Topic security

Beware of hacked ISOs if you downloaded Linux Mint on February 20th, 2016

Anonymous Coward
in security on (#14SDS)
Linux Mint installation media briefly compromised:
I'm sorry I have to come with bad news. We were exposed to an intrusion today. It was brief and it shouldn't impact many people, but if it impacts you, it's very important you read the information below.

What happened? Hackers made a modified Linux Mint ISO, with a backdoor in it, and managed to hack our website to point to it.

Does this affect you? As far as we know, the only compromised edition was Linux Mint 17.3 Cinnamon edition. If you downloaded another release or another edition, this does not affect you. If you downloaded via torrents or via a direct HTTP link, this doesn't affect you either.

Finally, the situation happened today, so it should only impact people who downloaded this edition on February 20th.
More information: Linux Mint Blog, ycombinator, reddit, LWN

DHS stripped of failed MyGov system

Anonymous Coward
in security on (#13RTE)
In a shocking move the Australian government has transferred control of the MyGov portal to the DTO. This slap in the face to the mighty DHS comes after several months of serious problems with the online government portal after the Australian tax system, Centrelink, Medicare and other systems were changed to use MyGov as the central logon. Tens of thousands of Australians took to social media in 2015 to complain about the DHS portal after the ATO made using the portal mandatory for online tax returns. The problems were so bad that the ATO opened a backdoor allowing citizens to bypass the MyGov system. After spending millions to integrate two of the largest federal departments, Centrelink and Medicare, the step of removing MyGov from the hands of the DHS is an F on this year's report card.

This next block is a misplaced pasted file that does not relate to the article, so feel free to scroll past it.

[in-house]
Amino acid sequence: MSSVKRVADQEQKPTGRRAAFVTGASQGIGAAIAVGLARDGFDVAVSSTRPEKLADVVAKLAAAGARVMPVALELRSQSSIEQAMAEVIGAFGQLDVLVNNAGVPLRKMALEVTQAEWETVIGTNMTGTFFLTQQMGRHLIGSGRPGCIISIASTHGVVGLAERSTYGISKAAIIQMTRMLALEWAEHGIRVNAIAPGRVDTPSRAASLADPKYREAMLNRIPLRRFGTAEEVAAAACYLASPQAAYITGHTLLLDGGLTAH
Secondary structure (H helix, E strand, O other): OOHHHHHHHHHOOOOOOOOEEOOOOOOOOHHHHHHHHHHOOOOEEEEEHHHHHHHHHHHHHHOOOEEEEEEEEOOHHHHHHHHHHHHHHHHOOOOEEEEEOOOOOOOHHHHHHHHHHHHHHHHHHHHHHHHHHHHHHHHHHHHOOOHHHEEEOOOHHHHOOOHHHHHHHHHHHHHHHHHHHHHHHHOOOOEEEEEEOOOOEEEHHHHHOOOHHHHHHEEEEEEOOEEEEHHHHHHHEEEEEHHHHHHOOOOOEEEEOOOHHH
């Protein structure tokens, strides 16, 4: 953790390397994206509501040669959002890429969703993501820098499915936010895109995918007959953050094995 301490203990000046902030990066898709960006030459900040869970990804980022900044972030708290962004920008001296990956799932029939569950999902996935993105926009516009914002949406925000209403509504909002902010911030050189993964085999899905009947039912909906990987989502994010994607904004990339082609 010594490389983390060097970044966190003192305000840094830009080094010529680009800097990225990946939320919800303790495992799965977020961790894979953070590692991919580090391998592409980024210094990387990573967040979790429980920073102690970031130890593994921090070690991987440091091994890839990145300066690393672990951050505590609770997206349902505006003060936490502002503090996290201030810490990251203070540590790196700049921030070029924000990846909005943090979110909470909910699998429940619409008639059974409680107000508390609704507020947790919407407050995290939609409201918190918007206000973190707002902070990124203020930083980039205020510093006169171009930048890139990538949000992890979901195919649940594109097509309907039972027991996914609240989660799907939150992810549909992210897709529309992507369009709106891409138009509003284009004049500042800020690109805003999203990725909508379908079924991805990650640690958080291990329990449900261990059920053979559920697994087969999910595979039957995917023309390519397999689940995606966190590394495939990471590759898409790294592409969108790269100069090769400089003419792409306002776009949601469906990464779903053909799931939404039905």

Palemoon Ships with Anti-Fingerprinting option

Anonymous Coward
in security on (#13RRJ)
story imageAs of Palemoon 25.6 a new option is available to poison canvas data. This option is not enabled by default due to the performance cost. Users can enabled it in about:config by setting canvas.poisondata to true. This browserleaks page has a technical writeup on how canvas data can be used to generate a fingerprint for a browser using a live example of browser fingerprinting code.